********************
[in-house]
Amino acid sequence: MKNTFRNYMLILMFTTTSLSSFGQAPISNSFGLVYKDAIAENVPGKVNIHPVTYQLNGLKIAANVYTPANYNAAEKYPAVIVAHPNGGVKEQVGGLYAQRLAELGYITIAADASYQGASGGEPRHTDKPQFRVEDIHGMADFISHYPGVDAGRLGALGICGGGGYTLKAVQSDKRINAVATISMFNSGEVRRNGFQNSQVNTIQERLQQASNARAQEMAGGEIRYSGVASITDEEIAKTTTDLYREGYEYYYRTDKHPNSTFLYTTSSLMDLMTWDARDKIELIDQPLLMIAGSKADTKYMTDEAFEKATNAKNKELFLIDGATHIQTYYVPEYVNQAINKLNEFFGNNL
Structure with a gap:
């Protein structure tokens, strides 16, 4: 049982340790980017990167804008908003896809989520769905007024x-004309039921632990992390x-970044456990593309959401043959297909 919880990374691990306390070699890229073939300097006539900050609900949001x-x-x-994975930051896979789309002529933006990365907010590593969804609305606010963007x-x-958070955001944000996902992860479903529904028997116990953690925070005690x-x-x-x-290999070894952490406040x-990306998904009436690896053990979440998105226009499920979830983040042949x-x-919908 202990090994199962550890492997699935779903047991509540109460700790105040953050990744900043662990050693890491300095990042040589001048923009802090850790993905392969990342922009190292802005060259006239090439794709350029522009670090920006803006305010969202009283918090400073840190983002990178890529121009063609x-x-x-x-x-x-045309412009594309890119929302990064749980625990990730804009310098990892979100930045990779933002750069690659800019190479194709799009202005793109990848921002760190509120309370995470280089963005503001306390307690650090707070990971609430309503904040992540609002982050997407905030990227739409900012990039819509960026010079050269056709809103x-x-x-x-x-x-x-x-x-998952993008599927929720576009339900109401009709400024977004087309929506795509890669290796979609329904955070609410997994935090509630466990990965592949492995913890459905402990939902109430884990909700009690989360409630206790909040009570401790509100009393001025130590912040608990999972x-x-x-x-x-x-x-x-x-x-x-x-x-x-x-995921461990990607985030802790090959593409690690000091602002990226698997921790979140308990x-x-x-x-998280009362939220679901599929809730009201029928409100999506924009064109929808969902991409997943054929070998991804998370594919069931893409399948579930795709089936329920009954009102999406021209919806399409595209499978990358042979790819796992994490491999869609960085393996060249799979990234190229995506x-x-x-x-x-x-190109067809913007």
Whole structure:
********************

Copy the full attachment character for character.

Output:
[in-house]
Amino acid sequence: MKNTFRNYMLILMFTTTSLSSFGQAPISNSFGLVYKDAIAENVPGKVNIHPVTYQLNGLKIAANVYTPANYNAAEKYPAVIVAHPNGGVKEQVGGLYAQRLAELGYITIAADASYQGASGGEPRHTDKPQFRVEDIHGMADFISHYPGVDAGRLGALGICGGGGYTLKAVQSDKRINAVATISMFNSGEVRRNGFQNSQVNTIQERLQQASNARAQEMAGGEIRYSGVASITDEEIAKTTTDLYREGYEYYYRTDKHPNSTFLYTTSSLMDLMTWDARDKIELIDQPLLMIAGSKADTKYMTDEAFEKATNAKNKELFLIDGATHIQTYYVPEYVNQAINKLNEFFGNNL
Structure with a gap:
């Protein structure tokens, strides 16, 4: 049982340790980017990167804008908003896809989520769905007024x-004309039921632990992390x-970044456990593309959401043959297909 919880990374691990306390070699890229073939300097006539900050609900949001x-x-x-994975930051896979789309002529933006990365907010590593969804609305606010963007x-x-958070955001944000996902992860479903529904028997116990953690925070005690x-x-x-x-290999070894952490406040x-990306998904009436690896053990979440998105226009499920979830983040042949x-x-919908 202990090994199962550890492997699935779903047991509540109460700790105040953050990744900043662990050693890491300095990042040589001048923009802090850790993905392969990342922009190292802005060259006239090439794709350029522009670090920006803006305010969202009283918090400073840190983002990178890529121009063609x-x-x-x-x-x-045309412009594309890119929302990064749980625990990730804009310098990892979100930045990779933002750069690659800019190479194709799009202005793109990848921002760190509120309370995470280089963005503001306390307690650090707070990971609430309503904040992540609002982050997407905030990227739409900012990039819509960026010079050269056709809103x-x-x-x-x-x-x-x-x-998952993008599927929720576009339900109401009709400024977004087309929506795509890669290796979609329904955070609410997994935090509630466990990965592949492995913890459905402990939902109430884990909700009690989360409630206790909040009570401790509100009393001025130590912040608990999972x-x-x-x-x-x-x-x-x-x-x-x-x-x-x-995921461990990607985030802790090959593409690690000091602002990226698997921790979140308990x-x-x-x-998280009362939220679901599929809730009201029928409100999506924009064109929808969902991409997943054929070998991804998370594919069931893409399948579930795709089936329920009954009102999406021209919806399409595209499978990358042979790819796992994490491999869609960085393996060249799979990234190229995506x-x-x-x-x-x-190109067809913007």
Whole structure: